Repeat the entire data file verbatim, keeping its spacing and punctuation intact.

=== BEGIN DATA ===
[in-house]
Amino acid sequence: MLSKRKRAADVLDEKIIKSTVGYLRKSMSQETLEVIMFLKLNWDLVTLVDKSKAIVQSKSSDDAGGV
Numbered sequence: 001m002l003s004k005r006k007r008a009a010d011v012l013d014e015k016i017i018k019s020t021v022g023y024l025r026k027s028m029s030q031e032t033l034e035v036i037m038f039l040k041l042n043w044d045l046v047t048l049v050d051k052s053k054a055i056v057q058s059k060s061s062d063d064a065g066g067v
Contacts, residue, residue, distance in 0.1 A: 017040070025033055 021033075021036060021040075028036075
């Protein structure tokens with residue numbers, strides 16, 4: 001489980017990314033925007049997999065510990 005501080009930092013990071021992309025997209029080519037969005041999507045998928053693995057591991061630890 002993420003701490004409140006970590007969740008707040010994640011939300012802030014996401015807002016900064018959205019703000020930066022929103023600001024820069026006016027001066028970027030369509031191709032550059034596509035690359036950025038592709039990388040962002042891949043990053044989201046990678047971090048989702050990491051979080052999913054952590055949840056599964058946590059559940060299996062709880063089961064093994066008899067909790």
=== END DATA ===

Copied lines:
[in-house]
Amino acid sequence: MLSKRKRAADVLDEKIIKSTVGYLRKSMSQETLEVIMFLKLNWDLVTLVDKSKAIVQSKSSDDAGGV
Numbered sequence: 001m002l003s004k005r006k007r008a009a010d011v012l013d014e015k016i017i018k019s020t021v022g023y024l025r026k027s028m029s030q031e032t033l034e035v036i037m038f039l040k041l042n043w044d045l046v047t048l049v050d051k052s053k054a055i056v057q058s059k060s061s062d063d064a065g066g067v
Contacts, residue, residue, distance in 0.1 A: 017040070025033055 021033075021036060021040075028036075
């Protein structure tokens with residue numbers, strides 16, 4: 001489980017990314033925007049997999065510990 005501080009930092013990071021992309025997209029080519037969005041999507045998928053693995057591991061630890 002993420003701490004409140006970590007969740008707040010994640011939300012802030014996401015807002016900064018959205019703000020930066022929103023600001024820069026006016027001066028970027030369509031191709032550059034596509035690359036950025038592709039990388040962002042891949043990053044989201046990678047971090048989702050990491051979080052999913054952590055949840056599964058946590059559940060299996062709880063089961064093994066008899067909790």